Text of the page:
A small study reported that, compared with non-users of metformin, users presented with less locally invasive breast cancer14. Similarly, a study from the U.S. Women’s Health Initiative found a reduction in invasive breast cancer among metformin users15. Whether metformin affects molecular breast cancer subtype is controversial. One study reported a reduction in hormone-sensitive tumours with metformin exposure15; others reported either an increase16,17 or no difference in hormone-positive tumours14. Those prior studies have been limited by small sample sizes, incomplete drug data, and inconsistent comparator groups and statistical methods. Furthermore, all but one accounted for screening patterns, an important predictor of stage18. Screening mammography rates are also influenced by comorbidities such as diabetes, which could modify the relationship between diabetes treatment and cancer stage19.

The objective of the present study was to use a large, population-based cohort to examine the association between metformin use and breast cancer stage at diagnosis while accounting for mammography differences. We also explored the association between metformin use and tumour size, lymph node status, and hormone receptor status.

METHODS

This retrospective population-based cohort study used data from administrative health care databases in Ontario, which include records for all individuals eligible for coverage under the province’s universal health insurance plan. The various datasets were linked using unique encoded identifiers and were analyzed at the Institute for Clinical Evaluative Sciences.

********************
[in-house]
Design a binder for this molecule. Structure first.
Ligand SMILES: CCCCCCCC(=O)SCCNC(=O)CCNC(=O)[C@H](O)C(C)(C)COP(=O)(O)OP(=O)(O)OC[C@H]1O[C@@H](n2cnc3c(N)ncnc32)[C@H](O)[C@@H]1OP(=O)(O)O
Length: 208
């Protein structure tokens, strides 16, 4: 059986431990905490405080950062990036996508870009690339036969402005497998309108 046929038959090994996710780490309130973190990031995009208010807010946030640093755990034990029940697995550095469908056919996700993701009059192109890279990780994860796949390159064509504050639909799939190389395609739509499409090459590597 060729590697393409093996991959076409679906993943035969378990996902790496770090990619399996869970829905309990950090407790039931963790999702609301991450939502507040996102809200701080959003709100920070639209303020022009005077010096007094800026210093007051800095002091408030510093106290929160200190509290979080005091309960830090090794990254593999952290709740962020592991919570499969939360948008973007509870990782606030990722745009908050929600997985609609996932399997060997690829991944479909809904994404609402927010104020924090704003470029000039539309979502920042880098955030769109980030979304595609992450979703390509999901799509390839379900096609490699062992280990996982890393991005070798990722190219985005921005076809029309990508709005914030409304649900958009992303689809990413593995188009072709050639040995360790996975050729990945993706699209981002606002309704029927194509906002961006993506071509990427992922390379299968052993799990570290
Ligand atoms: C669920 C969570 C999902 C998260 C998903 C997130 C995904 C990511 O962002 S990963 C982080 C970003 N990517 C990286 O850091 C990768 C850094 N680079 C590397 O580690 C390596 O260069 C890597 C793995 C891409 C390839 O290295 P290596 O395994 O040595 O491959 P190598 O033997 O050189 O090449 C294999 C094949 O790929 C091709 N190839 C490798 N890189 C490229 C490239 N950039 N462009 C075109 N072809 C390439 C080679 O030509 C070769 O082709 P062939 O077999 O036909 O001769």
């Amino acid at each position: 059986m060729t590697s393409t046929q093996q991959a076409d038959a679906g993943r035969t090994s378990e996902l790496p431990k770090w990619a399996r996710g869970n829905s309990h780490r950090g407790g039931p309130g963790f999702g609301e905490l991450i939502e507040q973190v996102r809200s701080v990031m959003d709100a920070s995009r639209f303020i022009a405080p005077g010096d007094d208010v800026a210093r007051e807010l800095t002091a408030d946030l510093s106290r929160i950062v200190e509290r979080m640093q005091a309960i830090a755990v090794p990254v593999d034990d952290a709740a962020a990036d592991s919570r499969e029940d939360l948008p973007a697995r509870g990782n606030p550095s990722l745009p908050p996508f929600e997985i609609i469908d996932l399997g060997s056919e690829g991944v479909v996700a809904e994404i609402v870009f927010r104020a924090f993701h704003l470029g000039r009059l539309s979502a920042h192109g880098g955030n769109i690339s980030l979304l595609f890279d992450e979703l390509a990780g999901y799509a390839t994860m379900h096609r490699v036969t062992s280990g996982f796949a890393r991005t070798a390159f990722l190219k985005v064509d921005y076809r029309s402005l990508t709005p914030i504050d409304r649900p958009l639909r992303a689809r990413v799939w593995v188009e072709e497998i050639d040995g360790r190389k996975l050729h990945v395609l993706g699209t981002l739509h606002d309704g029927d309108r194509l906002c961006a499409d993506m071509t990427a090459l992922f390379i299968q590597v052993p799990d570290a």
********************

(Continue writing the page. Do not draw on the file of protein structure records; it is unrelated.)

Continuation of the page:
Data Sources and Population

The study cohort was identified from among the population of Ontario women with diabetes, 68 years of age or older, who were diagnosed with invasive breast cancer from 1 January 2007 to 31 December 2012. The cohort was restricted to older women so as to capture at least 3 years of prescription drug records before the cancer diagnosis. Those records are available through the Ontario Drug Benefit plan for all individuals 65 years of age and older.

We used the Ontario Cancer Registry to identify women diagnosed with invasive breast cancer. The Ontario Cancer Registry contains data for all Ontario residents who have been diagnosed with or died of cancer since 196420. Individuals with any prior diagnosis of cancer (except non-melanoma skin cancer) in the Ontario Cancer Registry were excluded. We included only breast cancers diagnosed after 2007, because that was the year in which stage data became available for most breast cancers in the relevant databases.

We then used the validated Ontario Diabetes Database to identify women with diabetes. The Ontario Diabetes Database has been validated against primary care records and has high sensitivity and specificity for identifying individuals with diabetes21. To be included in the study cohort, a woman had to have been diagnosed with diabetes at any time before her breast cancer diagnosis. We excluded patients diagnosed with diabetes before age 30, because those women might have been affected by type 1 diabetes.

The Discharge Abstract Database maintained by the Canadian Institute for Health Information and the Ontario Health Insurance Plan database provided information about physician service claims. We used the Ontario Breast Screening Program database to look for mammography history. The National Ambulatory Care Reporting System was used to identify patients on dialysis and those with chronic renal failure. We obtained information on demographics and deaths from the Registered Persons Database. Records from these administrative health care databases were linked anonymously using encrypted health card numbers.

Outcomes